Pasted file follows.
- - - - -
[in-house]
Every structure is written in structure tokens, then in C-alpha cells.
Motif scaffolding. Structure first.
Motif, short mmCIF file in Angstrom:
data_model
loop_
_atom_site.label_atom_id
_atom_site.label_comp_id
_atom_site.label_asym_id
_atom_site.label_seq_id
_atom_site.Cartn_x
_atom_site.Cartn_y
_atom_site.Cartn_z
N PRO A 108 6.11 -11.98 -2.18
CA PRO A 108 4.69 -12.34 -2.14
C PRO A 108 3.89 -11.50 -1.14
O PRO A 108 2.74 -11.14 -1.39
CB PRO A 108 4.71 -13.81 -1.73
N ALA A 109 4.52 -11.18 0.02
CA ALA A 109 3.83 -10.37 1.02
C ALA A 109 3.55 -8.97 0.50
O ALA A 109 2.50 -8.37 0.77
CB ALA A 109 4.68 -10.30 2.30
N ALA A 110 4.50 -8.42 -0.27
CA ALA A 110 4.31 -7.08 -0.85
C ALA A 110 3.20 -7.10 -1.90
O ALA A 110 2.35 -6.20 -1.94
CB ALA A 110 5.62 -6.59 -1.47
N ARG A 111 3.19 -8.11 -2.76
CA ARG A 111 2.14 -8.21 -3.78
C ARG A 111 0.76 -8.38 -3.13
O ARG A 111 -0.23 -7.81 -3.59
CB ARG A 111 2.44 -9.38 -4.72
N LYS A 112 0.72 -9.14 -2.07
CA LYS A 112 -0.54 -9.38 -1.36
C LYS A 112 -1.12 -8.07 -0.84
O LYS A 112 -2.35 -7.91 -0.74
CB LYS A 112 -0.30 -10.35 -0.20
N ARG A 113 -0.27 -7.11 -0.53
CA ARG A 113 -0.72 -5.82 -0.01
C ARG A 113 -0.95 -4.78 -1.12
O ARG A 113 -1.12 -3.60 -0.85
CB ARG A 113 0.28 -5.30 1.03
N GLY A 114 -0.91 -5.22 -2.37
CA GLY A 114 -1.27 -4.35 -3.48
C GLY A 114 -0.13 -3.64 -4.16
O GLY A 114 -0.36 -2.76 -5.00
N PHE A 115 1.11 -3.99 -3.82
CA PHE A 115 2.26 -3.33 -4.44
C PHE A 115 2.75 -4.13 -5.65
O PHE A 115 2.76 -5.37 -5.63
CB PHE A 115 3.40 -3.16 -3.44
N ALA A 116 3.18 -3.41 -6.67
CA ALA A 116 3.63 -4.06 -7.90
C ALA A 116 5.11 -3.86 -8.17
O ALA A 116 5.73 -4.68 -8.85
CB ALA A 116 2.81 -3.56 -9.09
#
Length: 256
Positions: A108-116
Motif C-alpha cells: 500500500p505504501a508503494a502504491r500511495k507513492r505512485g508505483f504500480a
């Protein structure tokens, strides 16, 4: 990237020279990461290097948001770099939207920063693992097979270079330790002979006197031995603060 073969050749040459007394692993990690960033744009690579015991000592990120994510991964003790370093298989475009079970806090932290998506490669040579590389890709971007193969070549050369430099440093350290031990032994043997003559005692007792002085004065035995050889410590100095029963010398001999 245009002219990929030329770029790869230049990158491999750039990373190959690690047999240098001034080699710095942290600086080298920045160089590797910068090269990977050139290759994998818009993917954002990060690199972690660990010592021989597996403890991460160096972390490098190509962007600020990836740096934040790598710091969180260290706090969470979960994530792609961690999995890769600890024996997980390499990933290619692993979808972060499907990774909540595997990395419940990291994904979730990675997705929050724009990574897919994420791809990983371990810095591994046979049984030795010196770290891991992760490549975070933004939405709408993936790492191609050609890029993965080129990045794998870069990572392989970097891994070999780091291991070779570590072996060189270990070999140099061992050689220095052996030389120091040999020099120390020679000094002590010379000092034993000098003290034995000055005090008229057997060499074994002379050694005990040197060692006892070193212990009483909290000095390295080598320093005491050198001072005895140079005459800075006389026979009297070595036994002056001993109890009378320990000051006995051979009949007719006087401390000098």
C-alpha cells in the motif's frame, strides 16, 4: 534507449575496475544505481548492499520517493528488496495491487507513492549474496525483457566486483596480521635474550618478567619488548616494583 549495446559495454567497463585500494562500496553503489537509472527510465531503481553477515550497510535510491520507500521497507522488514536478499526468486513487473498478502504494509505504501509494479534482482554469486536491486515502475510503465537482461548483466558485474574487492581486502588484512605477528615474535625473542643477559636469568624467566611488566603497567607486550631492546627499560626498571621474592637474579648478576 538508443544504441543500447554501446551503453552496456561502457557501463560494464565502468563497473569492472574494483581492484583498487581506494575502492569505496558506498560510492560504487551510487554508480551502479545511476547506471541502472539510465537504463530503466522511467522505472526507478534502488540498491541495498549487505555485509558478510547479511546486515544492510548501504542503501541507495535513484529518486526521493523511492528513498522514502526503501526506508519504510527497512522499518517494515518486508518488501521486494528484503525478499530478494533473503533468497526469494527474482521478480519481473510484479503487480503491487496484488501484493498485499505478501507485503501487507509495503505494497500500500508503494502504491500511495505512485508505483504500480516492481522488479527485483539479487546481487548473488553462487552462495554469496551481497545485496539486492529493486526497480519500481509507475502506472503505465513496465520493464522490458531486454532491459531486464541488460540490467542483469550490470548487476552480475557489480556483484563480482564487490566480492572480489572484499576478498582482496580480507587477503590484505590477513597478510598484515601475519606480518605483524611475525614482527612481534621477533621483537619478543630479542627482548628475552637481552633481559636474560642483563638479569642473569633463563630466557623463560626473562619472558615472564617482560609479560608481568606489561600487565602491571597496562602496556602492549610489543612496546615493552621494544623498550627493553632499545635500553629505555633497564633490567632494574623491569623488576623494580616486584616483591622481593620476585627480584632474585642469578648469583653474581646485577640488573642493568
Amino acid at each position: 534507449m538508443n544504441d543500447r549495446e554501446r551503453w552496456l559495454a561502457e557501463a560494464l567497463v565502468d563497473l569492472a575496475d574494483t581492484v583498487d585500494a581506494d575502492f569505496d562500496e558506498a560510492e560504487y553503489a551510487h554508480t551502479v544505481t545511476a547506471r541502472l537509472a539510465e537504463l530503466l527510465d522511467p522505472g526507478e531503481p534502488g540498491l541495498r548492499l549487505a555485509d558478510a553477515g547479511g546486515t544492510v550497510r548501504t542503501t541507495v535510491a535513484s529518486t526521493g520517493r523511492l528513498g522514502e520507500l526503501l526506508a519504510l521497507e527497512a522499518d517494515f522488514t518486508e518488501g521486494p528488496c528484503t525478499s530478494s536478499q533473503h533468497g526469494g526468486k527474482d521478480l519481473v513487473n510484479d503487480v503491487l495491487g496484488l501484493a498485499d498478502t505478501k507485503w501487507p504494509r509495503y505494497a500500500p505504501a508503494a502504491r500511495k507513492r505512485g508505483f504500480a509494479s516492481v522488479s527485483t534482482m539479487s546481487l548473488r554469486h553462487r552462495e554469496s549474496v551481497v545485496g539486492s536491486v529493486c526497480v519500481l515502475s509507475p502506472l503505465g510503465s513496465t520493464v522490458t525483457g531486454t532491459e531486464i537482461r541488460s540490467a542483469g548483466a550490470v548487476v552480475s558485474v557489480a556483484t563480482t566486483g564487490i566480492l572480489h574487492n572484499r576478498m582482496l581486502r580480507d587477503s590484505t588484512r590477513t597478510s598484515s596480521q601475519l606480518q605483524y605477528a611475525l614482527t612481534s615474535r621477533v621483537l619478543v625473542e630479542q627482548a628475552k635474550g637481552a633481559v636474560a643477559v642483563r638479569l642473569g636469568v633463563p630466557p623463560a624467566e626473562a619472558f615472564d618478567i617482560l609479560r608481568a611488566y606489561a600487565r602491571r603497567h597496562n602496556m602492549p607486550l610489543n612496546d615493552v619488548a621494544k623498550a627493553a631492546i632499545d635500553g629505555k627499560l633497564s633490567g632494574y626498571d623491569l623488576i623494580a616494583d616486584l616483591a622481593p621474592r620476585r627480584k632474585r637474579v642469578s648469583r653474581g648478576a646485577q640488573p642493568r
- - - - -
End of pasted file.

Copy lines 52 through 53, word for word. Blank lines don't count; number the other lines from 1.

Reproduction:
CB PHE A 115 3.40 -3.16 -3.44
N ALA A 116 3.18 -3.41 -6.67